A judge has agreed to reduce bail for an 80-year-old defendant in a double murder case dating back more than three decades.
Judge Cortland Corsones, in a written decision late last month, changed Michael Louise’s bail from $200,000 to $20,000, although Louise has yet to post the lower amount. The judge’s ruling follows a hearing in which Louise’s attorney reported that his client was not a flight risk because he was seriously ill, staying in a medical facility, and had been unable to walk on his behalf.
Louise, of Liverpool, New York, is accused of fatally stabbing his wife’s parents, Catherine and George Peacock, in Danby in 1989. They were 73 and 76 years old. Charged in October 2022 with second-degree murder, Louise has pleaded not guilty.
“The court finds that the defendant’s health decline represents a material change in circumstances, which reduces, but does not eliminate, his risk of flight,” Corsones wrote in his bail ruling, adding, “The risk has been lessened because the defendant remains in need of acute nursing and rehabilitative care on a 24/7 basis in an acute care facility.”
Citing privacy considerations, the parties did not reveal the exact nature of Louise’s medical condition.
Daniel Sedon, an attorney representing Louise, asked during last month’s hearing for bail of roughly $10,000 for his client, while Deputy State’s Attorney Jared Bianchi, the prosecutor, urged the judge to keep it at $200,000.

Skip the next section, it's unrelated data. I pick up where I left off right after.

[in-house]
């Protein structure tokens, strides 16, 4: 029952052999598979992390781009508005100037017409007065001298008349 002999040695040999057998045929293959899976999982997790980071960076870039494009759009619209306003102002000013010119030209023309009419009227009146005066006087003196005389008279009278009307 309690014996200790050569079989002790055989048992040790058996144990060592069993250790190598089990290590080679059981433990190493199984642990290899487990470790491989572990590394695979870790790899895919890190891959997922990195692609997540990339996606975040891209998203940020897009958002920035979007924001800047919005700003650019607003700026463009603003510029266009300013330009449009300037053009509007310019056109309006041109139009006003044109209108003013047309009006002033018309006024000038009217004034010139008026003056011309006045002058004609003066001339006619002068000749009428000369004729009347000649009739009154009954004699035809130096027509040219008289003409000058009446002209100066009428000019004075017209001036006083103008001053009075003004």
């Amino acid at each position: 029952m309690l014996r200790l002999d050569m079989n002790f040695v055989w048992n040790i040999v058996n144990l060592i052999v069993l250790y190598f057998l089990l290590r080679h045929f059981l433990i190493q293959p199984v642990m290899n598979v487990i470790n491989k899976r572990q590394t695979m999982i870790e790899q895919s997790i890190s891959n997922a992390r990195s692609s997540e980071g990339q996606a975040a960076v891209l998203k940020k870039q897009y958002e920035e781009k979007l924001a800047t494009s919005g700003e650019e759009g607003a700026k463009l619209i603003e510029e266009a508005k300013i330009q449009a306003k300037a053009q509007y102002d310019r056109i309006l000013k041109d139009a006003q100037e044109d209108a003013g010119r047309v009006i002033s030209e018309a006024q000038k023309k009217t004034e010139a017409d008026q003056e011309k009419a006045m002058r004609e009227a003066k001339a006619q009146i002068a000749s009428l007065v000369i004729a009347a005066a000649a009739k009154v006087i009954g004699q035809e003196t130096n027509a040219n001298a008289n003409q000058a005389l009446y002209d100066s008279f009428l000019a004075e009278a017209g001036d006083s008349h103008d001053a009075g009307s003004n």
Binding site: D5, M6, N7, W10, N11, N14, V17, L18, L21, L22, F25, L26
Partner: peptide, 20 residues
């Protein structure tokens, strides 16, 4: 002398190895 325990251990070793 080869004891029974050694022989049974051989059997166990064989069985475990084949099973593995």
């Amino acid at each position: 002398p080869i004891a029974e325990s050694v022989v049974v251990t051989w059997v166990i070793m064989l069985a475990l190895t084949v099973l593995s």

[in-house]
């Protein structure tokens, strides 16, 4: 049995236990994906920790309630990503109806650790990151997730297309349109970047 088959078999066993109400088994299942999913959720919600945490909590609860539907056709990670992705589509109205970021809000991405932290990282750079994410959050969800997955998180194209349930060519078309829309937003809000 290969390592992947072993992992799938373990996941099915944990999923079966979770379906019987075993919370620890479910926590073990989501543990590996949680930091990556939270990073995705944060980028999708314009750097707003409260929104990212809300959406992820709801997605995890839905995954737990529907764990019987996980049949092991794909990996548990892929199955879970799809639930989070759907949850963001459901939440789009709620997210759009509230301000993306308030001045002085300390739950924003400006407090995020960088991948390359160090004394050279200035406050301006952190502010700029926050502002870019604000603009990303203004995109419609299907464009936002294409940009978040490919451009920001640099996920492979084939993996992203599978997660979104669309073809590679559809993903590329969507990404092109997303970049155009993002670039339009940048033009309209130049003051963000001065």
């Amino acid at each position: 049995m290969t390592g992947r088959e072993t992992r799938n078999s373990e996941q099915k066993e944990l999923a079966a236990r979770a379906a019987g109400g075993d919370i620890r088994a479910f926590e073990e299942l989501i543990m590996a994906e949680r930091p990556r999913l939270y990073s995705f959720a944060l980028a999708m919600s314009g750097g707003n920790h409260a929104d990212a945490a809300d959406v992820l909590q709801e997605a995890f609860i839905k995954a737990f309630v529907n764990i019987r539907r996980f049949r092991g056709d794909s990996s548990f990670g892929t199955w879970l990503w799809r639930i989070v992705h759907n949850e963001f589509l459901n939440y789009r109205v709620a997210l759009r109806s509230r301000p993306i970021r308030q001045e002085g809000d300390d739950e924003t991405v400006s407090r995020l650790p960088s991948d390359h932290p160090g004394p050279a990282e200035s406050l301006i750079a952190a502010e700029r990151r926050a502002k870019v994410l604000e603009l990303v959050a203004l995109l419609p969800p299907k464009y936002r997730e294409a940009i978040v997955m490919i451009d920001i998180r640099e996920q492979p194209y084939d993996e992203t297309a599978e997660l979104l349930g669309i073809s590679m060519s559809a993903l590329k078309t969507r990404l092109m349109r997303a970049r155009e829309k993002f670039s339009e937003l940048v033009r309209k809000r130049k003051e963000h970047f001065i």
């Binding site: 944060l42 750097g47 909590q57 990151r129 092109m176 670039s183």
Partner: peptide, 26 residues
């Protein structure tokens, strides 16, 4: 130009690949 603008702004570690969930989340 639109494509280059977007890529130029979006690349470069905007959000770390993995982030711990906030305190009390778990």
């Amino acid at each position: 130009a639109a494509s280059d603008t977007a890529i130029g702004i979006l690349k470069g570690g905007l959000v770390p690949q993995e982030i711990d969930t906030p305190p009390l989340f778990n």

Louise had been incarcerated for lack of bail since her arrest last year. He was moved to a medical facility in late July, and he has remained in one ever since.
Because Louise has not posted bail he remains in the custody of the Vermont Department of Corrections, requiring correctional staff to be with him 24 hours a day, seven days a week.
It’s cost the corrections department roughly $222,000 in staff time to supervise Louise since her hospitalization, according to Haley Sommer, a department spokesperson.
The department has also been working to stand up a team of corrections staff specifically assigned to the task of hospital coverage, which is launching Monday, Sommer said.
As a result, Sommer said, the department will no longer have to pay overtime to staff who have been supervising Louise, reducing the expense.
Vermont State Police arrested Louise 33 years after the Danby couple were fatally stabbed. Prosecutors cited advances in DNA technology that had resulted in new evidence identifying Louise as the alleged killer. That new evidence, according to court charging documents, was a spot of blood from inside Louise’s car that matched George Peacock’s blood.
Sedon, Louise’s attorney, has contended that investigators were overzealous in zeroing in on his client and has filed a motion to have the case dismissed.
Reached Monday, Sedon said the $20,000 bail set by the judge was “much more reasonable” than the original amount.
Asked if he expected his client to post the reduced amount, the defense attorney replied, “I can’t answer that right now, I think his family is working on it.”
Bianchi, the prosecutor, declined to comment.